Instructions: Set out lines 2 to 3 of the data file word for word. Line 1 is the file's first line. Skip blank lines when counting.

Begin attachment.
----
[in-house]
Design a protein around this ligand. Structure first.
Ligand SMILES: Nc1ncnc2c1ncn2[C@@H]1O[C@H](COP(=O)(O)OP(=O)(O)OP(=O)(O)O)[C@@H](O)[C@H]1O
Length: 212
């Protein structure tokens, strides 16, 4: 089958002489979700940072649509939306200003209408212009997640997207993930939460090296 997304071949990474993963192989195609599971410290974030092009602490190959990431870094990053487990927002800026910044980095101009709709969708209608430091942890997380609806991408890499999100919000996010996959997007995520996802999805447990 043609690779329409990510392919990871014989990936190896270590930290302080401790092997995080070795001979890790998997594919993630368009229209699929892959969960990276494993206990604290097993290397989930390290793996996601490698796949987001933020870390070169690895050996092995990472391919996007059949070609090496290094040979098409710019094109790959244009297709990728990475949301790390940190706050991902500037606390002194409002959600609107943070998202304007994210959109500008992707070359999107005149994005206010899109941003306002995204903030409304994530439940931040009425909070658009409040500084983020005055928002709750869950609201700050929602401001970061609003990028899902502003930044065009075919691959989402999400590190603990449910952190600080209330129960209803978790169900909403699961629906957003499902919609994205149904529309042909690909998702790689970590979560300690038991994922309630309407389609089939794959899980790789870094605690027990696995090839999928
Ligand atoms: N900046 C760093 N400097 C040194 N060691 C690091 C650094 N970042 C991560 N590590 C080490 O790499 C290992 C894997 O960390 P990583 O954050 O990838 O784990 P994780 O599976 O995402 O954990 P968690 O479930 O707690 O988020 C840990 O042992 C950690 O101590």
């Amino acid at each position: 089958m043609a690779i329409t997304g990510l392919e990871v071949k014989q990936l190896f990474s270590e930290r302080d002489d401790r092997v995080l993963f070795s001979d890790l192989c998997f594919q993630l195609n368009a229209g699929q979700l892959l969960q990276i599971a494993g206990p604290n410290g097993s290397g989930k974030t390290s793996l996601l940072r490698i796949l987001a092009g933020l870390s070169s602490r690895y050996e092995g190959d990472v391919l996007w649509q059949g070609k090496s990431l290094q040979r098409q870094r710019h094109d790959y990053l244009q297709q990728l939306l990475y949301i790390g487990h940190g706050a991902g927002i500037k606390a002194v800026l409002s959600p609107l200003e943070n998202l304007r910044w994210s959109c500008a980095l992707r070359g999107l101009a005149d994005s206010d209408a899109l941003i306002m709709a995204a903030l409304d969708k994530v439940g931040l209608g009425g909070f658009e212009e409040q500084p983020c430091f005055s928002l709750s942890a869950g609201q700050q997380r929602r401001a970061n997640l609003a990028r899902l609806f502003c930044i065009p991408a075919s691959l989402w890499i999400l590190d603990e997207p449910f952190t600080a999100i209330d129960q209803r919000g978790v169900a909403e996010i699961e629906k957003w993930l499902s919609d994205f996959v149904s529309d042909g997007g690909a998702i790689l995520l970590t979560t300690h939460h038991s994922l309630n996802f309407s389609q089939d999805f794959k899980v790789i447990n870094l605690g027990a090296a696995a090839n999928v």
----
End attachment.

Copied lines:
Design a protein around this ligand. Structure first.
Ligand SMILES: Nc1ncnc2c1ncn2[C@@H]1O[C@H](COP(=O)(O)OP(=O)(O)OP(=O)(O)O)[C@@H](O)[C@H]1O